Sometime next year, they’ll grow baby plants, and so we will have more than we do now. All free!

As if all that is not enough work, pussytoes are the larval food required for the caterpillar of the Painted Lady butterfly.

Some caterpillars complete their life-cycle and turn into butterflies. Some become food for baby birds.

The birds, in turn, eat all kinds of pesky insects, as well as the berries of the holly trees that are growing along the path.

Flowers for Fall

This year, when you buy chrysanthemums for fall decoration, why not add some Asters?

Asters in the Meditation Garden

This is what Plant NoVa Natives has to say about them:

They are perennials, (meaning the come back every year),

that grow to about 3 to 6 feet. For a more compact plant, cut back by half to 2/3 in early June.

They flower in the fall.


deer icon
Deer : Usually resistant to deer browsewildlife icon
Wildlife : Birds. Bees. Adult and larval butterflies or moths.moisture icon
Moisture: Moistsun icon
Sun Needs: Full or Part SunWildlife Comments:Symphyotricum species benefit Ruffed Grouse, Wild Turkey, Tree Sparrow, Cottontail, Cardinals, Goldfinches, Chickadees, Titmouse, Towhees, Indigo Buntin, and 109 species of Lepidoptera including the Pearl Crescent and Silvery Checkerspot butterflies.Design Function:Pollinator Garden.Gardening Tips:Bloom Time: September – October. 3 – 6 ft. Superior asters for gardens. Pollinators prefer the straight species over cultivars. Salt tolerant. For a more compact plant, cut back by half to 2/3 in early June. Doing this to the outer branches can disguise the bare legs.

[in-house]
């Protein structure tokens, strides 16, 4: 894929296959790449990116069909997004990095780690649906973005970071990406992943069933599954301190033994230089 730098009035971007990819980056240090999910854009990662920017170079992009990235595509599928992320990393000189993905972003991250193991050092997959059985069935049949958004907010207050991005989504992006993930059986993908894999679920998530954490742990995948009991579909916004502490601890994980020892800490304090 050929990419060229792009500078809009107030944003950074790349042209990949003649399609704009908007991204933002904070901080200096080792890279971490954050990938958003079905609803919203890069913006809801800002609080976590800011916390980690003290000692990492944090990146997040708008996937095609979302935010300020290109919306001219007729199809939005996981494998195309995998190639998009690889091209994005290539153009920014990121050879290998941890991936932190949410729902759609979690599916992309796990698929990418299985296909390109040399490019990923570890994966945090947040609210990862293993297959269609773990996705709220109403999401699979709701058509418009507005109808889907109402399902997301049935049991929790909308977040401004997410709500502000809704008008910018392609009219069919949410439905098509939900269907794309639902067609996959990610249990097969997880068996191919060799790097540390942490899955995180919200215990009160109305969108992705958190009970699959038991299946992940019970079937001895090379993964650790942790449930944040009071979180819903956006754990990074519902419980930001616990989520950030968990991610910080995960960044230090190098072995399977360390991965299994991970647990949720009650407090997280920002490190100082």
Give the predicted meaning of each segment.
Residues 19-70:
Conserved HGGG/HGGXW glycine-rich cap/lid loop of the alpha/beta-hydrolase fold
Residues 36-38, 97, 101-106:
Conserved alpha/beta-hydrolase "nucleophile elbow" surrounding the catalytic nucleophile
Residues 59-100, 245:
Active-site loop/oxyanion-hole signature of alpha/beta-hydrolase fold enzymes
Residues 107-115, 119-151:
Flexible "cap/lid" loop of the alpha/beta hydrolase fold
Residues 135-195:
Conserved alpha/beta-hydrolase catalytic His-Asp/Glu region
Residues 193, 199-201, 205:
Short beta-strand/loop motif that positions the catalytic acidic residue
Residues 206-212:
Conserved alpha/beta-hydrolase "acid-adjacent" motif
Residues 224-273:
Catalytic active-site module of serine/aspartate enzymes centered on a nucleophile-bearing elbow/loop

Photo Credit: Margaret Fisher

Northern Flicker (Colaptes auratus)

Flickers are part of the woodpecker family, but they have a few unique traits.

Northern flicker, Roslyn, New York

Behavior: Like most woodpeckers, northern flickers drum on objects as a form of communication and territory defense. In such cases, the object is to make as loud a noise as possible, so woodpeckers sometimes drum on metal objects.

Diet: According to the Audubon field guide, “flickers are the only woodpeckers that frequently feed on the ground”, probing with their beak, also sometimes catching insects in flight. Although they eat fruits, berries, seeds, and nuts, their primary food is insects. Ants alone can make up 45% of their diet. The flicker is a natural predator of the European corn borer, a moth that costs the US agriculture industry more than $1 billion annually in crop losses and population control. As well as eating ants, flickers exhibit a behavior known as anting, in which they use the formic acid from the ants to assist in preening, as it is useful in keeping them free of parasites.